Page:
Allergan, Inc. v. Teva Pharms. USA, Inc.

The court denied Teva’ motion to amend its answer and counterclaims to raise defenses of inequitable conduct and unclean hands.

April 26, 2017

GENERICally Speaking

Case Name: Allergan, Inc. v. Teva Pharms. USA, Inc., 15-1455-WCB, 2017 U.S. Dist. LEXIS 4545 (E.D. Tex. Jan. 12, 2017) (Bryson, J.) 

Drug Product and Patent(s)-in-Suit: Restasis® (cyclosporine ophthalmic solution); U.S. Patents Nos. 8,629,111 (“the ‘111 patent”), 8,633,162 (“the ‘162 patent”), 8,642,556 (“the ‘556 patent”), 8,648,048 (“the ‘048 patent”), 8,685,930 (“the ‘930 patent”), and 9,248,191 (“the ‘191 patent”)

Nature of the Case and Issue(s) Presented: Allergan owned the patents-in-suit and marketed under the trade name Restasis a cyclosporine ophthalmic solution to treat chronic dry eye embodying the claims of the patents. Teva and the other defendants in this litigation filed ANDAs seeking to market a generic version of Allergan’s product. Allergan sued. After the deadline to amend the pleadings, Teva sought leave to amend its answer and counterclaims to assert inequitable conduct and unclean hands defenses against Allergan. Teva alleged that, to show unexpected results in support of the patents-in-suit, Allergan plagiarized data published in a medical journal a decade earlier, and that the article itself was derived from Allergan’s clinical trial data. Thus, Teva argued, Allegan’s declarations to the examiner were deceptive and misleading. The court disagreed and denied Teva’s motion to amend its answer and counterclaims.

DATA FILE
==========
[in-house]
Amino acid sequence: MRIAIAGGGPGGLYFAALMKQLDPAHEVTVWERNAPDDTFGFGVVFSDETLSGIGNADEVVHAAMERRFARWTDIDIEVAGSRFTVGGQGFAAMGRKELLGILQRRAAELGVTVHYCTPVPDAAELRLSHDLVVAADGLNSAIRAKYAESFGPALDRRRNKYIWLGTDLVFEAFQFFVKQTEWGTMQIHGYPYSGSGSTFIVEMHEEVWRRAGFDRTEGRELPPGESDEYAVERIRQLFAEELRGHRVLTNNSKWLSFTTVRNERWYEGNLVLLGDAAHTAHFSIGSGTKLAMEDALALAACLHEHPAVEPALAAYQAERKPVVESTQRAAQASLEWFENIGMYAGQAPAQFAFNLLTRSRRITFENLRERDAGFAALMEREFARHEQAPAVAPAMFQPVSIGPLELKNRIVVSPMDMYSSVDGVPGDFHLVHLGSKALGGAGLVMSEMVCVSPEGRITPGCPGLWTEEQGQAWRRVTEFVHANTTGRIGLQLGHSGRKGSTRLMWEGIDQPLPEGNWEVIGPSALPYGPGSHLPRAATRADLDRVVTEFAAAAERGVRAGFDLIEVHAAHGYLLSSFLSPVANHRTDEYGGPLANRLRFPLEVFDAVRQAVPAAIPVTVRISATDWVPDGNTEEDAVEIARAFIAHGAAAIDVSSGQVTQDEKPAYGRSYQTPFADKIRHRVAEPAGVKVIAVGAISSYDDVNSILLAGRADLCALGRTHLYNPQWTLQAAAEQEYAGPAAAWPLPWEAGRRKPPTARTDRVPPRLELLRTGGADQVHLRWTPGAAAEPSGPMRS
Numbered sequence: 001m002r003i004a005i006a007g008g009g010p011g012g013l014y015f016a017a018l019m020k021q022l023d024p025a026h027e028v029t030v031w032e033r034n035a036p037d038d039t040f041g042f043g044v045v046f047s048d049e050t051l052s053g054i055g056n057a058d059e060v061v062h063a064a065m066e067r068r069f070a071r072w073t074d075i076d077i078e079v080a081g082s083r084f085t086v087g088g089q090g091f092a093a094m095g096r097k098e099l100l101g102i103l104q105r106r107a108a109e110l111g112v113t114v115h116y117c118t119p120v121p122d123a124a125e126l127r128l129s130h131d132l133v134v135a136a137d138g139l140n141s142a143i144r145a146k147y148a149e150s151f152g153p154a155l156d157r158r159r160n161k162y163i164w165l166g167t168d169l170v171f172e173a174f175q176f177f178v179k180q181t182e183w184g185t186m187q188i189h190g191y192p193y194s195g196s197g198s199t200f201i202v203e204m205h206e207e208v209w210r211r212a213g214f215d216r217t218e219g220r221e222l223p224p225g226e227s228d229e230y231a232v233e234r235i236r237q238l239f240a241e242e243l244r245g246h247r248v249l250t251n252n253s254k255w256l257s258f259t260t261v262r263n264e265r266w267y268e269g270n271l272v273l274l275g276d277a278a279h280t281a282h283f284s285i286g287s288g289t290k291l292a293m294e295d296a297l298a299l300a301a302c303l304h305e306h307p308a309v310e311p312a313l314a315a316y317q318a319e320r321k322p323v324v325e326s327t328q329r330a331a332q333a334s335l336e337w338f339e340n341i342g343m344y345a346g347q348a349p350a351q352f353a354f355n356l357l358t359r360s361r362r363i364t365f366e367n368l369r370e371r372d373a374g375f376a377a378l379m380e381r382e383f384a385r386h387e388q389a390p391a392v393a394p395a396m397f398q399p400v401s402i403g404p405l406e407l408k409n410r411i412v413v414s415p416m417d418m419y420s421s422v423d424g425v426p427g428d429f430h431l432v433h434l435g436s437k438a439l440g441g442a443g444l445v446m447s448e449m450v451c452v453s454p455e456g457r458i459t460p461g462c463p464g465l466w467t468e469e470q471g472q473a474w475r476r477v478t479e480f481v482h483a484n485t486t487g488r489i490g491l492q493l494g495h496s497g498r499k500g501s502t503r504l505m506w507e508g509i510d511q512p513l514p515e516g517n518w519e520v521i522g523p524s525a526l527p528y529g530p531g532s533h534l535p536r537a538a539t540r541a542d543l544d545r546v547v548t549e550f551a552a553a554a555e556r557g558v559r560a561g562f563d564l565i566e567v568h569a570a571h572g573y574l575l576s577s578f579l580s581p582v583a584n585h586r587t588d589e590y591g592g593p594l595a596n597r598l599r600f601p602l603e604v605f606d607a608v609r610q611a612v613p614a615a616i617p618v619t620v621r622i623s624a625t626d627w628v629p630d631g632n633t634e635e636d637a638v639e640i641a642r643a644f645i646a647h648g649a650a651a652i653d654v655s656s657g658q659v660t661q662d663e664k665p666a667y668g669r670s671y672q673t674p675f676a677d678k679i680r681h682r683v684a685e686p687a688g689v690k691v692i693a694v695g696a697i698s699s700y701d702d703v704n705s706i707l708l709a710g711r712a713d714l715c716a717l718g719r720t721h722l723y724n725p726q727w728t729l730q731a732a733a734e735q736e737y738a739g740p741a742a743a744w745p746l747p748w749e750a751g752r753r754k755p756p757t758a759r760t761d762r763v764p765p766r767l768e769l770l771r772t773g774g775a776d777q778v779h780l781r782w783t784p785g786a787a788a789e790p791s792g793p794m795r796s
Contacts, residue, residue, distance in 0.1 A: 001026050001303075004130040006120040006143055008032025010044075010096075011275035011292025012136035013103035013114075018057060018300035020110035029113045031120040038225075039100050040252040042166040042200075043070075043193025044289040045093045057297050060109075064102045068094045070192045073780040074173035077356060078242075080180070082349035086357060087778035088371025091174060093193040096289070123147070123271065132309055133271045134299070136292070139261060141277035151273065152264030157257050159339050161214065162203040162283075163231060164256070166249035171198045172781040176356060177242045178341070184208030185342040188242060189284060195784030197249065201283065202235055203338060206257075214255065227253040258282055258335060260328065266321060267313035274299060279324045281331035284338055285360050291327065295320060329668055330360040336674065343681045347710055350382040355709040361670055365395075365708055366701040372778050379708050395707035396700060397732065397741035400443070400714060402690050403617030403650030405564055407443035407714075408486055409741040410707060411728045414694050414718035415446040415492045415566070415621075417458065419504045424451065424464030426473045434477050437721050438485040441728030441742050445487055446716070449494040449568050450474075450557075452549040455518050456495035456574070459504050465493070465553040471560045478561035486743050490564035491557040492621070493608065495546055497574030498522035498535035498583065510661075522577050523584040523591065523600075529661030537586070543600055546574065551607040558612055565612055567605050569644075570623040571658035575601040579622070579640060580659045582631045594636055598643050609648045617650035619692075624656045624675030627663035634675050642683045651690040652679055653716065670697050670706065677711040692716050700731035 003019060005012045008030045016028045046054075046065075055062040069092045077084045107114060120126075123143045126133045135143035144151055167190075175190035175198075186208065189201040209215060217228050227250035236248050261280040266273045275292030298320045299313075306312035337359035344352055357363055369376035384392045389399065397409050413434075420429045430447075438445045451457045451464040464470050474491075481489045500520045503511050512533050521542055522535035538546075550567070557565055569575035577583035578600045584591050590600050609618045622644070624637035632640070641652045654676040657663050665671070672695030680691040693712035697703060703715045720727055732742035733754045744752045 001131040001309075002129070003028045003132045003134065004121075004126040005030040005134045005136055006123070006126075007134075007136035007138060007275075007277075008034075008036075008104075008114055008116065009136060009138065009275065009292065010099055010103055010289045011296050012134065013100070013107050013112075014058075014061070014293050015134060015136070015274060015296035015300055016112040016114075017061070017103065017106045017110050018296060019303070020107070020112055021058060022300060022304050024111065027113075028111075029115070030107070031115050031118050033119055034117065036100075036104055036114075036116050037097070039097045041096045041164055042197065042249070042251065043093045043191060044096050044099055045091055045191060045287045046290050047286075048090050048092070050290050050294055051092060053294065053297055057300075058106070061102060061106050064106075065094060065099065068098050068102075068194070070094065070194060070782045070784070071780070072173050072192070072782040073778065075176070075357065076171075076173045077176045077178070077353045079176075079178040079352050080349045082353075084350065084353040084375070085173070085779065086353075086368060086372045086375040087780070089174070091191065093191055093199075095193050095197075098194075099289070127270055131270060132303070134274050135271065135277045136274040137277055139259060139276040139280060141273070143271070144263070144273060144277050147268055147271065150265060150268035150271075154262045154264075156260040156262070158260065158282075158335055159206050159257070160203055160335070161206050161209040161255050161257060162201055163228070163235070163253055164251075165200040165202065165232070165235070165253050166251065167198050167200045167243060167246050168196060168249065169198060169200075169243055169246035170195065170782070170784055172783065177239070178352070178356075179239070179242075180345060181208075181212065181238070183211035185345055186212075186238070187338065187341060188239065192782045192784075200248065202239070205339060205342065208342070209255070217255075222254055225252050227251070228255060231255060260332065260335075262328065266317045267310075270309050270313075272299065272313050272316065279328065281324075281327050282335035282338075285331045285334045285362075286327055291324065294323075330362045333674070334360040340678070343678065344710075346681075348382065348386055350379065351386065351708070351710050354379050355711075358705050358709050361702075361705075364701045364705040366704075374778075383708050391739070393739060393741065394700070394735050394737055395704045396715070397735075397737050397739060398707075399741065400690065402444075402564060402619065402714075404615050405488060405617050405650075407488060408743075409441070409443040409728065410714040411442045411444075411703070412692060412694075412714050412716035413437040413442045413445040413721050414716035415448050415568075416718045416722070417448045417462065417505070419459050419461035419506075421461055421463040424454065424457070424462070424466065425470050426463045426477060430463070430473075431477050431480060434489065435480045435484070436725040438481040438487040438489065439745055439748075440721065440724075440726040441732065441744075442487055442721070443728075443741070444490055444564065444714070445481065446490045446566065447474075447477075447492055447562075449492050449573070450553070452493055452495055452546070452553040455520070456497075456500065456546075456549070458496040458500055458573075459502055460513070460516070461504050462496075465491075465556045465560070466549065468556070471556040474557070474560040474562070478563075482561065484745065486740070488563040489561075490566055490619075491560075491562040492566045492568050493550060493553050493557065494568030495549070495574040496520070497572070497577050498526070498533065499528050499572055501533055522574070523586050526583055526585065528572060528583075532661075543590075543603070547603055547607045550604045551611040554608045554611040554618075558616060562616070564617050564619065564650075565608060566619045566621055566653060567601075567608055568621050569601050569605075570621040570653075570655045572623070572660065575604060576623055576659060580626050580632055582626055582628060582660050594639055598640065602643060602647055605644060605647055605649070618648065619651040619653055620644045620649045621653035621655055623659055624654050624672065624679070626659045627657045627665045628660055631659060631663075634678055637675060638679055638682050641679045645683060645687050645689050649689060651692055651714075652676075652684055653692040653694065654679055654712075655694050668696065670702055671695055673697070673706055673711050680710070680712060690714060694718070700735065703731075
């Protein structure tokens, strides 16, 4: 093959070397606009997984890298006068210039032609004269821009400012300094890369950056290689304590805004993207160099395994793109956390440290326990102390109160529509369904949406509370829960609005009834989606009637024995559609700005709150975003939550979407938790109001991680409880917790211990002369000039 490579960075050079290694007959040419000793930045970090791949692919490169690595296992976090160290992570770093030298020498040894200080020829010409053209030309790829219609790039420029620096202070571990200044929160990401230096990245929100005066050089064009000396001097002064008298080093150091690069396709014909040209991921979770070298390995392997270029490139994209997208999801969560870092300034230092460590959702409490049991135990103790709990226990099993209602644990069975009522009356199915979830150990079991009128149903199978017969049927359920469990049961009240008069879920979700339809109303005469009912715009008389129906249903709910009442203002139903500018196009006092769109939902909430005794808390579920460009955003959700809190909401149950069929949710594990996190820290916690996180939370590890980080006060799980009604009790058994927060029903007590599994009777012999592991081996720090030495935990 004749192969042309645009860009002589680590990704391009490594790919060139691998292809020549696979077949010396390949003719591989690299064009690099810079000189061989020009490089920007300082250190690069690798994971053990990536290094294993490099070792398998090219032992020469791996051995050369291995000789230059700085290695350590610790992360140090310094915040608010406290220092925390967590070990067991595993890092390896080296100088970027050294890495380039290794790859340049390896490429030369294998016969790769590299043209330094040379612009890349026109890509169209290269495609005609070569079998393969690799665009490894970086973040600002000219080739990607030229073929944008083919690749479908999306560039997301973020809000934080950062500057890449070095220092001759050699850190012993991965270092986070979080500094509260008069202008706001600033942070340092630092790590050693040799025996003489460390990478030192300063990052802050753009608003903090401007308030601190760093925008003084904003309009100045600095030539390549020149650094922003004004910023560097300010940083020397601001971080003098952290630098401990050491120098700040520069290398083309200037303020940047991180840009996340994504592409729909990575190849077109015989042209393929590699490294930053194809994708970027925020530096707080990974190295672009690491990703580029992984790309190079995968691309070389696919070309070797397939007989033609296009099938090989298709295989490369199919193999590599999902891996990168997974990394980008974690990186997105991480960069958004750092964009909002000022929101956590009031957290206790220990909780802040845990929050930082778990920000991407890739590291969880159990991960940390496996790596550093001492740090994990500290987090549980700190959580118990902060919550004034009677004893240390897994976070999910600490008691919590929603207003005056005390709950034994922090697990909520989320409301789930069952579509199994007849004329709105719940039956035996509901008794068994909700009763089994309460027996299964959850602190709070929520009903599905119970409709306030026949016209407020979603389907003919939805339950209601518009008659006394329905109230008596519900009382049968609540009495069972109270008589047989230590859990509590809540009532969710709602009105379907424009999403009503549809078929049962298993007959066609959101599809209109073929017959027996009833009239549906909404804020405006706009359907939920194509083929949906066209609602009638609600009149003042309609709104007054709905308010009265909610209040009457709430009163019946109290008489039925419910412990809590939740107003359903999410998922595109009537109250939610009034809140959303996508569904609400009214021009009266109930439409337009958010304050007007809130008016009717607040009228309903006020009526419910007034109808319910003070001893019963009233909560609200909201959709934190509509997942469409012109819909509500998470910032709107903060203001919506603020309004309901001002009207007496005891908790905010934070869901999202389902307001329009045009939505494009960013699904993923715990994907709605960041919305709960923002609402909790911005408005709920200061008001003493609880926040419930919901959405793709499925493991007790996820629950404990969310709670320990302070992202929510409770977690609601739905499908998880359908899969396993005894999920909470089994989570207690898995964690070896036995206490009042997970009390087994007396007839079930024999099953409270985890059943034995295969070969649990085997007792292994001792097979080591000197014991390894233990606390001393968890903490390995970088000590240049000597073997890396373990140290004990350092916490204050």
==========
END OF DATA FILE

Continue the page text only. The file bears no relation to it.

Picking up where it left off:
Why Allergan Prevailed: All the factors considered in determining whether to allow late amendment to the pleadings cut against Teva. First, Teva had no explanation for its delay and, in fact, was in possession of the information underlying its motion at least four months prior to the deadline to amend. In its invalidity contentions, Teva cited to the earlier published article and pointed out the similarities between the data in the article and the data in Allergan’s declarations to the examiner. But Teva did not seek to amend its pleading at that time. Thus, the court concluded that Teva had not exercised due diligence in seeking to amend. Further, the court reasoned that Teva was unlikely to succeed on its defenses and, therefore, determined that the amendment was not important. While Allergan’s declarations did include some data from the earlier-published article, those data were not the foundation for the declarations’ conclusion that the results of the claimed invention were unexpected. Rather, the unexpectedness was premised on several other factors discussed in the declarations. Third, although discovery had yet to close, the court reasoned that adding issues of inequitable conduct and unclean hands to the case would complicate discovery. Thus, while not dispositive, this factor favored denying the amendment. Finally, the availability of a continuance provided little weight. The court noted that there is a public interest in the prompt resolution of Hatch-Waxman cases, and thus a continuance would be disfavored. For all those reasons, the Court rejected Teva’s motion to amend, finding a lack of good cause to justify the amendment.

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